Over the past ten or fifteen years a distinct division has fallen into place between the profession of electrical engineer and that of an electronic engineer. Professionals who are electrical engineers generally are involved with the macro side of electrical transmission and use: they are involved in the design of large electrical generation systems, transmission systems and to some extent, telecommunications.

Usually the course work for electrical engineering degrees will cover the basics of electricity and its use; core subjects will include mathematics, physics, some basics in design of electrical systems as well as the principles of computer electronics.

At some point in the educational process a student can opt to focus on the electrical engineering specialties or those commonly referred to as electronics engineering. Those that opt for the electrical design and operation of small systems such as computers, cell phones, household appliances and the hundreds of consumer items that contain computer chips today will end up studying electronics at the graduate level.

Professionals in electrical engineering make many contributions to new developments just as those working in electronics do. The global positioning systems (GPS) were the products of electrical engineers. The field of control systems is also a specialty for electrical engineers; possibly the most public example of a control system designed on a large scale is the NASA systems used to control manned space flights.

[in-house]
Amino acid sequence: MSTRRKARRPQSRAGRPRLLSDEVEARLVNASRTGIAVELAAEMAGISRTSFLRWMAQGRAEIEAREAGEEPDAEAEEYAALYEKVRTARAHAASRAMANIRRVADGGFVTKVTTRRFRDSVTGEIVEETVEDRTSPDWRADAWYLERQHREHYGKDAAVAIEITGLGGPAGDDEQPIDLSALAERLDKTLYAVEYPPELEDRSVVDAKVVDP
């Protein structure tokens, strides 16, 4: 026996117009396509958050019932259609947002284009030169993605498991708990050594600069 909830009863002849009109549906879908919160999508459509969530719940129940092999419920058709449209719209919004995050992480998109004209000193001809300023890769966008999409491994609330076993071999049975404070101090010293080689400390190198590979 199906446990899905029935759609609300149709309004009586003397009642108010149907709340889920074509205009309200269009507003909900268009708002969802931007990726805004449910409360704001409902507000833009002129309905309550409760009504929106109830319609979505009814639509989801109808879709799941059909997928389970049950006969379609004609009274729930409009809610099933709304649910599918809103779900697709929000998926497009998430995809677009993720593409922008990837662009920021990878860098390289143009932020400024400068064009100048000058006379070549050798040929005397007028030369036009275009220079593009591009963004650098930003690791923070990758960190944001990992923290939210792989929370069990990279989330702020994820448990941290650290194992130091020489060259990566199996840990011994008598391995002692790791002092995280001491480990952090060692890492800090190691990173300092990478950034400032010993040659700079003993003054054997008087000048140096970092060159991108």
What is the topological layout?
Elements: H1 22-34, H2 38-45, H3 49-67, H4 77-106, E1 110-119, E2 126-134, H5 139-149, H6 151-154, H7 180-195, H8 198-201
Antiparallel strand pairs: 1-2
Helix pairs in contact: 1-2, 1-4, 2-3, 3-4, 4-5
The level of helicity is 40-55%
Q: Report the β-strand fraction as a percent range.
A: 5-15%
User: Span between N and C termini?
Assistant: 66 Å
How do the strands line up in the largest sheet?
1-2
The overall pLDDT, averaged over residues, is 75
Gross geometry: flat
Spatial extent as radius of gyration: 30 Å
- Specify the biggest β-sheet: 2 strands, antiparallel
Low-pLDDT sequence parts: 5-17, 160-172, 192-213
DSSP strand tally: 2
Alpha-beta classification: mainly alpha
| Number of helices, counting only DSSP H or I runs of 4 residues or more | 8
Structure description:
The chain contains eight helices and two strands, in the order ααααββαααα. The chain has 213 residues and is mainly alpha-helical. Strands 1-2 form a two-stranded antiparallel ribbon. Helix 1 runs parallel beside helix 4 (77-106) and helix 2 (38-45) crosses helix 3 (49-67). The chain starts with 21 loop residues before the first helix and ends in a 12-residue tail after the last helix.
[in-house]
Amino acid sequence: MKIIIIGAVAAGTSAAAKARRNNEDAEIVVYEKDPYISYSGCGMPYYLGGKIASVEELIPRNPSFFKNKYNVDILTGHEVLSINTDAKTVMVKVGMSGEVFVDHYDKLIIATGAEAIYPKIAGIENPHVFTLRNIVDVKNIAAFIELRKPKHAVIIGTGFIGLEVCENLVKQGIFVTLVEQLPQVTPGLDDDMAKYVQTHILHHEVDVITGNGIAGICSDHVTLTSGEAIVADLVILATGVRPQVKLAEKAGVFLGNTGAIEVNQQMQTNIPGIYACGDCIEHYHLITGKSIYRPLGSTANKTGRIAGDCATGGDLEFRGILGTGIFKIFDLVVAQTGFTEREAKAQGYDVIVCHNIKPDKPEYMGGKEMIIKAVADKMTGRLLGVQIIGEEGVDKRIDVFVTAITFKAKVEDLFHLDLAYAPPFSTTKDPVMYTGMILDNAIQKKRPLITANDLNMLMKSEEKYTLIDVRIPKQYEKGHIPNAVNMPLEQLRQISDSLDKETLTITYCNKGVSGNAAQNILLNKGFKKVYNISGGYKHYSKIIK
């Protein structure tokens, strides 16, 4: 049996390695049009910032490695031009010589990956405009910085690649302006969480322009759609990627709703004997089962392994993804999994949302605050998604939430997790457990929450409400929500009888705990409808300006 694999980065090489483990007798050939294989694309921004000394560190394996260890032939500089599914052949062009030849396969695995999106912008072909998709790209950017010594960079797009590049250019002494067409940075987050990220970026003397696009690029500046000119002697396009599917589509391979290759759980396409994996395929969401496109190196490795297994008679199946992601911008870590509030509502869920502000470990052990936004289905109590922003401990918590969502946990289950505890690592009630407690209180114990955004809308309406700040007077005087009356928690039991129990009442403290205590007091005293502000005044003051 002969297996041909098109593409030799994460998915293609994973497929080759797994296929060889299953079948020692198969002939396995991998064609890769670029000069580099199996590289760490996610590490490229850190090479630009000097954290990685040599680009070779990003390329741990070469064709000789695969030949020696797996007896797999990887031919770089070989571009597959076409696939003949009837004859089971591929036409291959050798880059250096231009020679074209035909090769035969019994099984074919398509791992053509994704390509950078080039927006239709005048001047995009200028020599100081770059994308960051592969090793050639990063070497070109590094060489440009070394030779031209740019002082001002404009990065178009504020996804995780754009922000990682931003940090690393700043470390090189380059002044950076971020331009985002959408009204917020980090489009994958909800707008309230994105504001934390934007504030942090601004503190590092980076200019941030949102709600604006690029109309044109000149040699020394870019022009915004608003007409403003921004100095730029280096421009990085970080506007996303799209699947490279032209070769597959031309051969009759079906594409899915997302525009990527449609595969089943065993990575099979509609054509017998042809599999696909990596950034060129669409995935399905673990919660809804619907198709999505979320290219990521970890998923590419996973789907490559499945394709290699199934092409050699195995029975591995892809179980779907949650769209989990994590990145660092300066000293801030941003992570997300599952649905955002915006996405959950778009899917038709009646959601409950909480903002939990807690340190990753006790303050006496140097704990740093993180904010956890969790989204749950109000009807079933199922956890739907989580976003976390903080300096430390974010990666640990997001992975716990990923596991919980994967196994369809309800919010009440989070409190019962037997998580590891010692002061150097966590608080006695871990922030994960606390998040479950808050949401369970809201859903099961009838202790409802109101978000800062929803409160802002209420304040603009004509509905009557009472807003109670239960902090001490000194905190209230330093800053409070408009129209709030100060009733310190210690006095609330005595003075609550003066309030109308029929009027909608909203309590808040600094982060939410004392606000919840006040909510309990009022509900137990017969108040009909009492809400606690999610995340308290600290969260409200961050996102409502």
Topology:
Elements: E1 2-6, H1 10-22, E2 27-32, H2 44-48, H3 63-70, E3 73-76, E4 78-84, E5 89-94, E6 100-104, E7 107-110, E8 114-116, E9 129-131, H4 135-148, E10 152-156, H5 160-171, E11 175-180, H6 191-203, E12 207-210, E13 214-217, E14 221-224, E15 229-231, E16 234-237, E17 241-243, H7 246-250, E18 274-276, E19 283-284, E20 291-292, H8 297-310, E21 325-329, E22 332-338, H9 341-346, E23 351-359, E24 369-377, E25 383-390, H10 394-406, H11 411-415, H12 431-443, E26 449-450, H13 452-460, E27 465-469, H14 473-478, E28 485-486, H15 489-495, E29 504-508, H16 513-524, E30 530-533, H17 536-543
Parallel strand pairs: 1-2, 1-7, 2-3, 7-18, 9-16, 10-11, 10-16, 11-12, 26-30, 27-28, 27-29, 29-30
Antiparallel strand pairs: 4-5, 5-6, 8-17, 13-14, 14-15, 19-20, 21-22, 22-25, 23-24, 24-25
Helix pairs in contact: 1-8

Work in the telecommunications industry might include the design of broadband cable systems used to deliver both internet access and hundreds of television channels. In recent years these systems have moved from an analog format, which sent signals along a piece of coaxial cable as radio waves. Today’s digital systems use fiberoptic cable for trunk lines, which moves the data for internet communication and the video signals for TV channels using light instead of radio waves.

Some electrical engineers specialize in control systems, a field that incorporates both electrical and electronic design. Control systems are the units that control jet aircraft, large naval vessels and hydroelectric plants down to the cruise control system on a car. With complex systems such as those required on ships the design is going to include microtechnology using tiny integrated circuits in instrument panels as well as high-volume electrical power that operates large motors.

Electrical engineers can specialize in the construction field, working with architects on lighting systems for new buildings. They can work on power generating systems, a field that is going to see a lot of innovation over the next twenty years. They can work in laboratories, on construction sites or in a design office.

Author's Bio: 

Bob Hartzell writes on careers and education for several websites